Stanley presses the question: "But what are the possible outcomes for Christians?" He quotes Bloesch for some semblance of an answer: "all Christians who are faithful to the end can be assured that they are in the hands of a God who is…infinite mercy." (pg. 15) Again, "But what does this mean for Christians who are unfaithful?" Stanley demands.

What About the Faith-Work Tension?

While maintaining that "Christians are defined by their relationship to Jesus Christ, a relationship that they are in by faith on account of God's grace and Christ's finished work," (pg. 11) Stanley notes the dynamic faith-work tension regarding these questions of final judgment. This tension, of course, is the crux of the matter.

Stanley rightly notes that the New Testament itself creates a degree of tension: "the Bible teaches that people are justified by grace through faith in Jesus Christ and yet will be judged according to their works. Are we to conclude, then, that the Bible has created for itself an intolerable impasse? Or should we resort to prioritizing doctrines?" (pg. 16)

And then our question, arising from the tension itself: "for the believer, what role do works play at judgment?"

What say you? How have you reconciled what we find in Scripture, who will be judged and how, and the dynamic of the faith-works tension?

Like every Four Views book, this one assembles a cloud of contributing witnesses to bring their scholarly acumen and theological perspective to bear on the subject at hand. This cloud contains: Robert Wilkin, Executive Director of the Grace Evangelical Society; Tom Schreiner, New Testament and Pauline Scholar at Southern Baptist Theological Seminary; James Dunn, a leading British New Testament scholar known for his Jesus and Paul studies, not to mention coining the term "New Perspective;" and finally the venerable Michael Barber, professor of theology, Scripture, and Catholic thought at John Paul the Great Catholic University.

Next week we'll engage each of these four voices in brief, but before then I think it apt to end with Stanley's words: "this subject does tend to generate a lot of emotion...We need to discuss these issues with the same grace we have received. What's more, at times there is power in remaining silent. Ultimately it's our love for one another that will speak volumes to a lost and watching world." (pg. 24)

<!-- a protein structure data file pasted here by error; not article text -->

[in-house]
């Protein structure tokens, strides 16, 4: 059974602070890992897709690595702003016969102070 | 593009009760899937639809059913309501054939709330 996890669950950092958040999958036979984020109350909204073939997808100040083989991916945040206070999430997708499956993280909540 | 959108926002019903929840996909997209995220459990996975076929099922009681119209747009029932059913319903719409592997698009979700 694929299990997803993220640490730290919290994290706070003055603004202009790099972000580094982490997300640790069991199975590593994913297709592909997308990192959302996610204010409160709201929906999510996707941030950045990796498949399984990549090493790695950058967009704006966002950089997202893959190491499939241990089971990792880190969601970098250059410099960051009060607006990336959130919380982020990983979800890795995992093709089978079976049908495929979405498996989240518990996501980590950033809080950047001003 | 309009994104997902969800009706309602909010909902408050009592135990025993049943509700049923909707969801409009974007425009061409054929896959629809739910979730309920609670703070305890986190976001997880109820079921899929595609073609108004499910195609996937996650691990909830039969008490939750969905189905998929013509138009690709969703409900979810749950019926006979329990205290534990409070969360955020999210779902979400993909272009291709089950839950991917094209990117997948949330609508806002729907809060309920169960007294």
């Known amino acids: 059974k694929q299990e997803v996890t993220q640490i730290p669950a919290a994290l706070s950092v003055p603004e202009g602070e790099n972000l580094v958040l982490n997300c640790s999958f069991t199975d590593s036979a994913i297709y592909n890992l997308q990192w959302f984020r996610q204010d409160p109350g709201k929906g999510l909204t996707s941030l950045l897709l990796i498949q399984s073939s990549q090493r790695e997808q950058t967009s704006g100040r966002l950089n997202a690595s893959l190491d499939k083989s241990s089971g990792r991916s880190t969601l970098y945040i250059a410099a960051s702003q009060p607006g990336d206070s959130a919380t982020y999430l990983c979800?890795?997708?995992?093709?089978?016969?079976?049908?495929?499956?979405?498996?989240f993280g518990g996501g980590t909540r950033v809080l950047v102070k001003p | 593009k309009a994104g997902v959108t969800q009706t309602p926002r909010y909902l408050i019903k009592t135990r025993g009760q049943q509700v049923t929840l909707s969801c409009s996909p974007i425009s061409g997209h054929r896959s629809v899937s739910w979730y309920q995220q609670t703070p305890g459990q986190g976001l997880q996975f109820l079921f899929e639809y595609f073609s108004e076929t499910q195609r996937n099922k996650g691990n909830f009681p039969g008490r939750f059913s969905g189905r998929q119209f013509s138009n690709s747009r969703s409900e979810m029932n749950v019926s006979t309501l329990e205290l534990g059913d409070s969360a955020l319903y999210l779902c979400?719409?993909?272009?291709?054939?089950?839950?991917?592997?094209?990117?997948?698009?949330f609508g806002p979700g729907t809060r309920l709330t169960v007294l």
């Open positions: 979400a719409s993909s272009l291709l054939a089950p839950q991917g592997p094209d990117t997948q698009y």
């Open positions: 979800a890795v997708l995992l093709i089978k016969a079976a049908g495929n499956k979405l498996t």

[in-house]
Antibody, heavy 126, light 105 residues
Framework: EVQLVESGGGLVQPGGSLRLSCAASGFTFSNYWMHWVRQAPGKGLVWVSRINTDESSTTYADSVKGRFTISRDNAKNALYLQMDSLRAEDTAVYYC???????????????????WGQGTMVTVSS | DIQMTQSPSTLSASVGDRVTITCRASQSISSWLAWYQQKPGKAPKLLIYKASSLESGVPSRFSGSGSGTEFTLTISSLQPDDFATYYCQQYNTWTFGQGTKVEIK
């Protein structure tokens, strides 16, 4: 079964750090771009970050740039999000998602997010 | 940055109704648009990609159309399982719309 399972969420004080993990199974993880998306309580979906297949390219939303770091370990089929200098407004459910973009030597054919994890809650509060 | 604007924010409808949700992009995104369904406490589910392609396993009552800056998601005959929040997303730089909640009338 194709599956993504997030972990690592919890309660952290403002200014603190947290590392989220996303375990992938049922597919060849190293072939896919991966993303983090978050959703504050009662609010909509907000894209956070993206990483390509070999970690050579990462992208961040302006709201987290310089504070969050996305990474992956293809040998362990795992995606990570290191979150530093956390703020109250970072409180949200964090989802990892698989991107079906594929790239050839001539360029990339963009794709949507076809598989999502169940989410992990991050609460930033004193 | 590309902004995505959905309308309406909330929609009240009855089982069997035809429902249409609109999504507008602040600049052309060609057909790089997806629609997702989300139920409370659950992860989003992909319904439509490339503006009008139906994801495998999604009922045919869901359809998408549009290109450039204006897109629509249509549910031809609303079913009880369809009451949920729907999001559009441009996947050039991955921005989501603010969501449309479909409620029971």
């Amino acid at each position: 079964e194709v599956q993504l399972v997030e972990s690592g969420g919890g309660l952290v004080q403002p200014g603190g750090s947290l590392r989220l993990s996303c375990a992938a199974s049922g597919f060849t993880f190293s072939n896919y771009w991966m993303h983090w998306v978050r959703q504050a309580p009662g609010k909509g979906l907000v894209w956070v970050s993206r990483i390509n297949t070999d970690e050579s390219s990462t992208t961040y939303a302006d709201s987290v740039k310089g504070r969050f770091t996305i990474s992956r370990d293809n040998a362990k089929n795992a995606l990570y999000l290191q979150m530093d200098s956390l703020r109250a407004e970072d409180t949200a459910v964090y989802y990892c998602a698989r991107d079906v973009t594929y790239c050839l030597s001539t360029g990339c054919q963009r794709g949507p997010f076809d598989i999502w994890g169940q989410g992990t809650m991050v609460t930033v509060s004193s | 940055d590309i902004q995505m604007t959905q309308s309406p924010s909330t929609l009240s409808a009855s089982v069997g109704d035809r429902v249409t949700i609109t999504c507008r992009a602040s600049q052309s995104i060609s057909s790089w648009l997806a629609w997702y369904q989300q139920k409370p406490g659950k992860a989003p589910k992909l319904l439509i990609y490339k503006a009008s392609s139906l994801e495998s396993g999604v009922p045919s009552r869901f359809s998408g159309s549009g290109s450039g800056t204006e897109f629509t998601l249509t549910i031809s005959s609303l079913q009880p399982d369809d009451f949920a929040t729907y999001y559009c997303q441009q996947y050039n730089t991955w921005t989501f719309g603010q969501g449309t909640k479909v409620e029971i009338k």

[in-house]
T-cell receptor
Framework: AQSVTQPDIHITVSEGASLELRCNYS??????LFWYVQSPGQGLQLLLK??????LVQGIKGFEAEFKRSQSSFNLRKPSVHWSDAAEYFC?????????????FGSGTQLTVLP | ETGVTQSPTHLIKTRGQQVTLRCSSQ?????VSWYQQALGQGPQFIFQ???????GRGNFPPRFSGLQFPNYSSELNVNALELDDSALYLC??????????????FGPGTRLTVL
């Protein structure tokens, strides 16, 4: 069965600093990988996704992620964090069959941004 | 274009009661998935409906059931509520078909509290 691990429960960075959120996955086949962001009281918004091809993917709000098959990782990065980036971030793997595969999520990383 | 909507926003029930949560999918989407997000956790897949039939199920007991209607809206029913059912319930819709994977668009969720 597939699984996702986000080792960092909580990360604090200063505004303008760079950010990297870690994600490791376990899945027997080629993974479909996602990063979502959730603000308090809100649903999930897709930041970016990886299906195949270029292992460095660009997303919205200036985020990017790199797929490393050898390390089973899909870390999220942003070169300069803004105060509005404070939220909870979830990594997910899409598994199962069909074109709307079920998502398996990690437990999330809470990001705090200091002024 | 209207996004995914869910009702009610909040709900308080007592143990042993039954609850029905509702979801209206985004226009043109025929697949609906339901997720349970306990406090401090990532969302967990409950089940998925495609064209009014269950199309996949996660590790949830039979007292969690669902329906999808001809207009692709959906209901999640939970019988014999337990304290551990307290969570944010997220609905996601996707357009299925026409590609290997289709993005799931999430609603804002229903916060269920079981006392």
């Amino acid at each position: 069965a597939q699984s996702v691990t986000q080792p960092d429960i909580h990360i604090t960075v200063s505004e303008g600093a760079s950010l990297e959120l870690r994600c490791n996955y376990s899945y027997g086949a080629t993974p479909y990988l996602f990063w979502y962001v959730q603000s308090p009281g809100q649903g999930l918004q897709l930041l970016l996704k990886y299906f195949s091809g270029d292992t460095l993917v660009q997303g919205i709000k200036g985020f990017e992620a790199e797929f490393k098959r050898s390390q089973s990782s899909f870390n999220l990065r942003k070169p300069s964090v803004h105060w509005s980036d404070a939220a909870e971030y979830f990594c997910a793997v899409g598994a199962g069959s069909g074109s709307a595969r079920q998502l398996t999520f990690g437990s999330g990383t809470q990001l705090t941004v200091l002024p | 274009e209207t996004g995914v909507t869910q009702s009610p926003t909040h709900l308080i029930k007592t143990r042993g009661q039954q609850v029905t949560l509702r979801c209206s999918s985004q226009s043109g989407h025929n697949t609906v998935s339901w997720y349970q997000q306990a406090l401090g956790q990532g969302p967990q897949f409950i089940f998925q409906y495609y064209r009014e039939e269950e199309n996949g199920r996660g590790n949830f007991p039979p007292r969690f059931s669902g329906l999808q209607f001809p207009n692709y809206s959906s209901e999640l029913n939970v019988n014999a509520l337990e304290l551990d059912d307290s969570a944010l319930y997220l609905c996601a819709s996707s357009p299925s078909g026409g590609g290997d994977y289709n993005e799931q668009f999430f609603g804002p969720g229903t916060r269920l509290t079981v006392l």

_____________________

Jb_headshotJeremy Bouma (ThM) is a pastor with the Evangelical Covenant Church in West Michigan. He is the founder of THEOKLESIA, a content curator dedicated to helping the 21st century church rediscover the historic Christian faith; holds a Master of Theology in historical theology; and writes about faith and life at www.jeremybouma.com.

A Theological Conundrum from the Pastorals: "Braided Hair" or "Elaborate Hairstyles"? (Monday with Mounce 198)
A Theological Conundrum from the Pastorals: "Braided Hair" or "Elaborate Hairstyles"? (Monday with Mounce 198) I just came back from a great week at Southern seminary in Louisville. It is the first time in many years I have ...
Your form could not be submitted. Please check errors and resubmit.

Thank you!
Sign up complete.

Subscribe to the Blog Get expert commentary on biblical languages, fresh explorations in theology, hand-picked book excerpts, author videos, and info on limited-time sales.
By submitting your email address, you understand that you will receive email communications from HarperCollins Christian Publishing (501 Nelson Place, Nashville, TN 37214 USA) providing information about products and services of HCCP and its affiliates. You may unsubscribe from these email communications at any time. If you have any questions, please review our Privacy Policy or email us at yourprivacy@harpercollins.com.
Join the ConversationRequired